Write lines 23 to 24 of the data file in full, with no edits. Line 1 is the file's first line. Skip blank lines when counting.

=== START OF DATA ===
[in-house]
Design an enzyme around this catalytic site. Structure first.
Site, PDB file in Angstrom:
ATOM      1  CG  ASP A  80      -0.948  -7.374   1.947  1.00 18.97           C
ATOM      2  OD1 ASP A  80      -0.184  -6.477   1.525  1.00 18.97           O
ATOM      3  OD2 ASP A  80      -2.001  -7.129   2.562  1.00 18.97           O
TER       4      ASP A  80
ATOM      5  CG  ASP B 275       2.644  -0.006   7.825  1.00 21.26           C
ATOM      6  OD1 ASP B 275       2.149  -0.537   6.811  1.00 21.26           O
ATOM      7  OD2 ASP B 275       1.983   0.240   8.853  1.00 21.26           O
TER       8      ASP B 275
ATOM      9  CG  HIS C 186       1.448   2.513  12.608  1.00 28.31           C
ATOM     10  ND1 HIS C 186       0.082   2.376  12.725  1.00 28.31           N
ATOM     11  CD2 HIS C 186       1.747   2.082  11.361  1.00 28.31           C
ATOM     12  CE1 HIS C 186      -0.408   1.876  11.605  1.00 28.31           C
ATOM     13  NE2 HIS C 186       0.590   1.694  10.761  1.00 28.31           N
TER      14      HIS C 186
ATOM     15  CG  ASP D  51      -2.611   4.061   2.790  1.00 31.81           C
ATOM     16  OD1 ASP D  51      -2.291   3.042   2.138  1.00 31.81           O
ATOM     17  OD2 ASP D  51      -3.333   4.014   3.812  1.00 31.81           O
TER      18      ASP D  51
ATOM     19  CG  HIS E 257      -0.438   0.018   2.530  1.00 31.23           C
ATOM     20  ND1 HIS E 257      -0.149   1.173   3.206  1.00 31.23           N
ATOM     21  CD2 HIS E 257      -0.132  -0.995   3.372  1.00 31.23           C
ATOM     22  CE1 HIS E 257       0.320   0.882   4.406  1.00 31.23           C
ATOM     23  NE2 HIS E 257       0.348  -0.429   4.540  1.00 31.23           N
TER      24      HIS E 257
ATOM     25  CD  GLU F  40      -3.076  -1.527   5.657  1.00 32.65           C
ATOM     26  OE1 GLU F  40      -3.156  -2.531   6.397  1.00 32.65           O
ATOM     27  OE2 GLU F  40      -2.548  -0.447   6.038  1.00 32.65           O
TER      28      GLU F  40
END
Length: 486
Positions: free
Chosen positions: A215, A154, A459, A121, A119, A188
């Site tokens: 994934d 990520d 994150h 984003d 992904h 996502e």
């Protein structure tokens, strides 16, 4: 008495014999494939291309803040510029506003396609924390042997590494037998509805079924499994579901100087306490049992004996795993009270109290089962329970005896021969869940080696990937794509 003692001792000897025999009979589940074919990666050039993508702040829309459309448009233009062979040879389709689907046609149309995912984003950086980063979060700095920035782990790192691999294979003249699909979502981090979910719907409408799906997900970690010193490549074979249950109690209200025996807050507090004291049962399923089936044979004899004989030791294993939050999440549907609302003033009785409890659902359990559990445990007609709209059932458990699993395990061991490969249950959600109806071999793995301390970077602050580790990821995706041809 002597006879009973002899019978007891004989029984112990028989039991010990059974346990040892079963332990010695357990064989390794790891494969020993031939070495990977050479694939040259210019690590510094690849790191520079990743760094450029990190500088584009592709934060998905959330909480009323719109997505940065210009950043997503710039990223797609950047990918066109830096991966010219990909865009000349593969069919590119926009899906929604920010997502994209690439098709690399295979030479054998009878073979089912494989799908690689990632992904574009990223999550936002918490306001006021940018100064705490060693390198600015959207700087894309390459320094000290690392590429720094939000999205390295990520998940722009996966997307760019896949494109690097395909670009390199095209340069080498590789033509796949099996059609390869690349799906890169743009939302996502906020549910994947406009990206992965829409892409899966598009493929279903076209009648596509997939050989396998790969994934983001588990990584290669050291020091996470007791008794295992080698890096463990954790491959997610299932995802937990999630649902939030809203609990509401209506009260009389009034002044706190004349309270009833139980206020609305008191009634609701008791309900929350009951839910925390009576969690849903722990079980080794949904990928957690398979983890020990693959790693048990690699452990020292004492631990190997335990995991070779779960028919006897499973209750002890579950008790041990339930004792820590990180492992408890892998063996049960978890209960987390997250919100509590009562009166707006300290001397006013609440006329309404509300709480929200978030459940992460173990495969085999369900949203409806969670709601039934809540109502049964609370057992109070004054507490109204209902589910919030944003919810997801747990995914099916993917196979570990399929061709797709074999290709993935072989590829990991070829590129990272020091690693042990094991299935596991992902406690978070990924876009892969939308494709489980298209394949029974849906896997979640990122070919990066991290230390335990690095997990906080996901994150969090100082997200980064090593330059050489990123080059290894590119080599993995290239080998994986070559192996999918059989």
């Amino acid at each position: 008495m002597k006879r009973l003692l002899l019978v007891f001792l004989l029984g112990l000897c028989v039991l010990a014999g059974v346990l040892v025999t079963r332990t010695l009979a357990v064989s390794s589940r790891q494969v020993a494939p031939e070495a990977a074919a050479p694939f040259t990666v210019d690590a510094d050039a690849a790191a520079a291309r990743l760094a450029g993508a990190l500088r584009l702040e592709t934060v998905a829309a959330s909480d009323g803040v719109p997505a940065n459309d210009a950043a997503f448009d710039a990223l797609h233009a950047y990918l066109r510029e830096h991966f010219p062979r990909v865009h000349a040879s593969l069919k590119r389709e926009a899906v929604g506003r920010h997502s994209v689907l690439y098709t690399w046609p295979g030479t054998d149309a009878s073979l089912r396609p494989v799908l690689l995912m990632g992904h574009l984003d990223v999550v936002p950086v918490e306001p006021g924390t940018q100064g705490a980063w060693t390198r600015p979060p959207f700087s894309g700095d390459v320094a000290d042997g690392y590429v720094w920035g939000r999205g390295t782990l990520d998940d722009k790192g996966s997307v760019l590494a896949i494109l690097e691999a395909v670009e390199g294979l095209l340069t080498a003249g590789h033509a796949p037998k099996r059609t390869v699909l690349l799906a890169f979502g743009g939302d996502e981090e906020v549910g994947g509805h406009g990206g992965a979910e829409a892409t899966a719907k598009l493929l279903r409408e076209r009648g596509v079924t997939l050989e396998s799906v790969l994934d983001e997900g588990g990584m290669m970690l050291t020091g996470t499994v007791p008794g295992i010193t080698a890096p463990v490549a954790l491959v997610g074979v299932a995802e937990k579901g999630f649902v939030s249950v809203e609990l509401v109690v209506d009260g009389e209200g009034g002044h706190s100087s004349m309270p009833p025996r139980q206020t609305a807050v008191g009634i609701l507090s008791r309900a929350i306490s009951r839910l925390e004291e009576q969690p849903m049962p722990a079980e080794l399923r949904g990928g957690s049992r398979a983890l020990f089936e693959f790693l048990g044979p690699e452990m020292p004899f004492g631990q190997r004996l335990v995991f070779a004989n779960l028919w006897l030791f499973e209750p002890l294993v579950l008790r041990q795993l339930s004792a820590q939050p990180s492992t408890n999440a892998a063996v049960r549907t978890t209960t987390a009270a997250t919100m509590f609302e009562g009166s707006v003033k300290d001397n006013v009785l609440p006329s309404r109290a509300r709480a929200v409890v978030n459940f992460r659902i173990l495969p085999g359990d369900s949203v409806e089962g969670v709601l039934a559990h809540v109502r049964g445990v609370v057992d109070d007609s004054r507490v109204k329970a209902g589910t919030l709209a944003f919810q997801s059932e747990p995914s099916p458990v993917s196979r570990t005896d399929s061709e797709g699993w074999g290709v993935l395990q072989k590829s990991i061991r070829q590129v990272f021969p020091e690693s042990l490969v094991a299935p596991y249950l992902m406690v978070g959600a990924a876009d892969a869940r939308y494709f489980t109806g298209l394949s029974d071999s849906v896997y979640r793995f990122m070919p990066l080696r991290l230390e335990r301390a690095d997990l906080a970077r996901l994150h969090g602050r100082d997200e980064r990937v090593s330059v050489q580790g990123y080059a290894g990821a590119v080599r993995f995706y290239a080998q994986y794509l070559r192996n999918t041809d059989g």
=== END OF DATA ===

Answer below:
ATOM     20  ND1 HIS E 257      -0.149   1.173   3.206  1.00 31.23           N
ATOM     21  CD2 HIS E 257      -0.132  -0.995   3.372  1.00 31.23           C